I graduated from the English Department in 2004, but always had a passion for the internet. After dabbling in non-profit, government and branding work in DC, I switched coasts and settled in tech-friendly San Francisco in 2007. Since then I've worked for a variety of startups and web companies, including Scribd and Flickr, and now work as a freelance product designer with clients like Lift, Airtime, and bitly.
Basically everything. It's amazing that I get paid to do what I always did for fun in my spare time–move around pixels, design new ways of organizing data, and, well, create products. Web design is an interesting form of product design: the marketing and brand aspects are an intrinsic part of every decision as much as the interactions, unlike, say, a tire, which looks like a tire no matter how pretty the box is.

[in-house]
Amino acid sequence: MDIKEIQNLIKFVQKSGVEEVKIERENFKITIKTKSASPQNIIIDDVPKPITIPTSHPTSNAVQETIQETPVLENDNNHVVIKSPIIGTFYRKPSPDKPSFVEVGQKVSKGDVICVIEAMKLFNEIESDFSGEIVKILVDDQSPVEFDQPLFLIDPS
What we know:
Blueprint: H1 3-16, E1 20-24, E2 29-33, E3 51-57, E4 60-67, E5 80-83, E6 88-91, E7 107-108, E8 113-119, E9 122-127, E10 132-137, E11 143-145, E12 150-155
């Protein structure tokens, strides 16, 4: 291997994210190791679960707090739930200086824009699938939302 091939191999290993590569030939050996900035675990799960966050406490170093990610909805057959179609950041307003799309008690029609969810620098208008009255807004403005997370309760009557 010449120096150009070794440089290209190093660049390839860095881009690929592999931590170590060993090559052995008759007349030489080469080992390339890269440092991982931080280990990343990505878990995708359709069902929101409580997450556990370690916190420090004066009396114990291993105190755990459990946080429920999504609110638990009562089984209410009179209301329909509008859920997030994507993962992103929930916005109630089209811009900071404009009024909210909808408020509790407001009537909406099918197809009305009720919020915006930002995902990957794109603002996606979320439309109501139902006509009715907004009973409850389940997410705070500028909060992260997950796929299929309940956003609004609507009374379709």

Medieval and Renaissance Lit. I knew it wasn't practical, but I also knew it'd be one of my last chances to study older literature.
I always felt very supported by the professors at Mason; it was a nice early lesson that people in positions of power (e.g., managers and bosses) generally are very reasonable, and want to help you.
My writing skills come in handy all the time. Web designers, particularly at small companies, are not only in charge of Information Architecture (a fancy way of saying we write the outline of the site) but also initial copyediting, and of course most of the vernacular on the site.
Writing research papers was also incredibly good practice for my job. Web designers observe (and observe and observe) and listen and extrapolate user goals from what users are saying. The two aren't often related. Critical faculties are key.